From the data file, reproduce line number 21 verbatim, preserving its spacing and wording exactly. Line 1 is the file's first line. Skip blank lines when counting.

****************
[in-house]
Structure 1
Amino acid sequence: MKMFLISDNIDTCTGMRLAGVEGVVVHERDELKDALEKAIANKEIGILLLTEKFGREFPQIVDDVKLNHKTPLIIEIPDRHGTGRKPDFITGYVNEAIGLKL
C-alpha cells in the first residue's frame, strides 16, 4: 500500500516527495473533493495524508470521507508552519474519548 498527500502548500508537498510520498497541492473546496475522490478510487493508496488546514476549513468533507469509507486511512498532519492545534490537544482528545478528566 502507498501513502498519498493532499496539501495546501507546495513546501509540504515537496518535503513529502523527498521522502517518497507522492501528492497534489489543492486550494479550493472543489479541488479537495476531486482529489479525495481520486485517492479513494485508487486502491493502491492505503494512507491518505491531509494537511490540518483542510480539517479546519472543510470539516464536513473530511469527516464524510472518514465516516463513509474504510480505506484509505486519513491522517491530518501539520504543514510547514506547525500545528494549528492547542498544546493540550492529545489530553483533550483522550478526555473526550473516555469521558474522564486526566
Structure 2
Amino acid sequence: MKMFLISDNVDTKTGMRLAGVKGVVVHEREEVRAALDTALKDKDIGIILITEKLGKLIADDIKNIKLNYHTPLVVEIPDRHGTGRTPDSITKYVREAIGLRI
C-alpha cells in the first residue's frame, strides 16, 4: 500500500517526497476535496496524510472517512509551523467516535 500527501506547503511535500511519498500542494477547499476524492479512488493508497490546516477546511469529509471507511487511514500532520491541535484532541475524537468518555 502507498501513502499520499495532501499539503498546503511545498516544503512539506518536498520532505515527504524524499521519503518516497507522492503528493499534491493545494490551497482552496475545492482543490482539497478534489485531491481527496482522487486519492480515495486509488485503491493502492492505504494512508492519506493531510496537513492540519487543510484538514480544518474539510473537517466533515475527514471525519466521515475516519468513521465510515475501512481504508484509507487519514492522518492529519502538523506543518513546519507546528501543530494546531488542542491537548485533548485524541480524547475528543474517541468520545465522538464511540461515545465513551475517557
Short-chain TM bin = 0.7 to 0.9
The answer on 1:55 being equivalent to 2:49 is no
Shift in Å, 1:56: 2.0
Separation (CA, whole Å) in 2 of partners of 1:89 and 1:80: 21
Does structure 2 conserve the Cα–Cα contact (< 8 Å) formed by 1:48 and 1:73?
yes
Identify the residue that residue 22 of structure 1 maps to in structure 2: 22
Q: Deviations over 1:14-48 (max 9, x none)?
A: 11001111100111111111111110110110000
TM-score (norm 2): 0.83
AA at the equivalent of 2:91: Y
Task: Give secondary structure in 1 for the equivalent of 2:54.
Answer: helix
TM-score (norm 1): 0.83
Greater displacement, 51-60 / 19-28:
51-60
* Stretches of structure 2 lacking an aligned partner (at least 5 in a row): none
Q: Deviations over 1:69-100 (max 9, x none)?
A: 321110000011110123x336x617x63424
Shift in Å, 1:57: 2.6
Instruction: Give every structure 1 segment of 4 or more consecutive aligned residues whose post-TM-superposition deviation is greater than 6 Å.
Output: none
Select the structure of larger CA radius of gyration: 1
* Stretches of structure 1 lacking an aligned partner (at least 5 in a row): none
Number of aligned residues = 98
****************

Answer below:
TM-score (norm 1): 0.83